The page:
The airship era in the 1930s must have been fascinating. Titanic-sized airships crossed the sky. These largest flying machines of all time transported people regularly across the Atlantic, they were able to fly around the world in two weeks, they helped with expeditions to the unknown. Today we have more modern and faster machines in aviation, so the airship is slowly forgotten.
Well, I don’t think that this seemingly cumbersome cross between an airplane and a balloon belongs to junkyard. On the contrary, it has a combination of unique features that aircraft, helicopters and even popular drones do not have. I do not mean the transport of passengers or goods now, but rather the view from above – long-term, stable and energy-efficient. A perspective that will apply even today, full of information and communication technologies. Don’t you believe?
Imagine, for example, natural disasters, such as floods, that afflict us more and more often. When something like this happens, help is needed immediately. But quick help is problematic, as the affected area is large, the situation is chaotic, confusing, accurate information is lacking. Even the infrastructure is disrupted and any communication is very complicated.
One of the solutions can be an airship in the hands of rescue services, which will provide “oversight of the situation”. Suspended in the air, it can monitor large areas day and night with the camera for long hours, thus providing immediate information to the control center about the current situation. Or it can transmit a radio signal, thus helping to communicate and coordinate assistance over long distances. Similarly, the airship can be used for less dramatic events: we can monitor the traffic situation, oversee the safety of major social events, monitor protected areas where quiet operation is needed.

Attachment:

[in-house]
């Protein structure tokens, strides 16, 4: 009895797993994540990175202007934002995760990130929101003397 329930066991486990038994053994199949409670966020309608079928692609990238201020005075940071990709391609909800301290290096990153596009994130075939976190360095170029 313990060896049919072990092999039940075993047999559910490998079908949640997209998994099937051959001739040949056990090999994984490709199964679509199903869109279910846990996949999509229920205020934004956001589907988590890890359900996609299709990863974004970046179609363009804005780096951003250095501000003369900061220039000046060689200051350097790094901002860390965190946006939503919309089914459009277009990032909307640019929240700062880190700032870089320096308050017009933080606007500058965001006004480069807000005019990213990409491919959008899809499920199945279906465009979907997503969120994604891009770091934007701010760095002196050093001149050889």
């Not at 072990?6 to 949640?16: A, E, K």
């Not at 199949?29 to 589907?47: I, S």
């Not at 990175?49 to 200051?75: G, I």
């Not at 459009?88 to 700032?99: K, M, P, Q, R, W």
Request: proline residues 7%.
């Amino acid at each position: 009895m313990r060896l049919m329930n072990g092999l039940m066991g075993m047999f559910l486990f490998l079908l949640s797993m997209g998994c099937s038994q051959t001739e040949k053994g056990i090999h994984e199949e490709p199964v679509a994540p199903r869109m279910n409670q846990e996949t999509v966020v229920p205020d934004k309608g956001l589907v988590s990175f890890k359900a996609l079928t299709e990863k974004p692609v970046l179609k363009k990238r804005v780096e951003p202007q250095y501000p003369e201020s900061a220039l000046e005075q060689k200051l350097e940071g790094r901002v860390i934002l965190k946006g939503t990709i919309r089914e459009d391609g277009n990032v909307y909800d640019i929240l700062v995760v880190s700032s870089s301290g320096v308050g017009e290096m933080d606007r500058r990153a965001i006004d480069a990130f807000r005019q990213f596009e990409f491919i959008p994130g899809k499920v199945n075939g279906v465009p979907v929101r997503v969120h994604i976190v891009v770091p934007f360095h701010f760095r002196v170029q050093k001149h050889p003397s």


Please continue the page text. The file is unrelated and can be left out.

The limits of further possible use are only the limits of our own imagination. And we don’t like those limits with us, which is why we decided to start developing and producing unmanned airships. I personally believe in the return of the airship era, and what about you?
Pavol Gálik, VICE CHAIRMAN OF THE BOARD OF DIRECTORS, ALITER TECHNOLOGIES, A. S.
He has been with Aliter Technologies since 2008. He has more than twenty-five years of experience in planning and operating tactical deployable and mobile communications and information systems in the military. It prioritises strategic management of the development of ICT solutions for military and civilian crisis management operations.
SOURCE: FORBES (only in Slovak)
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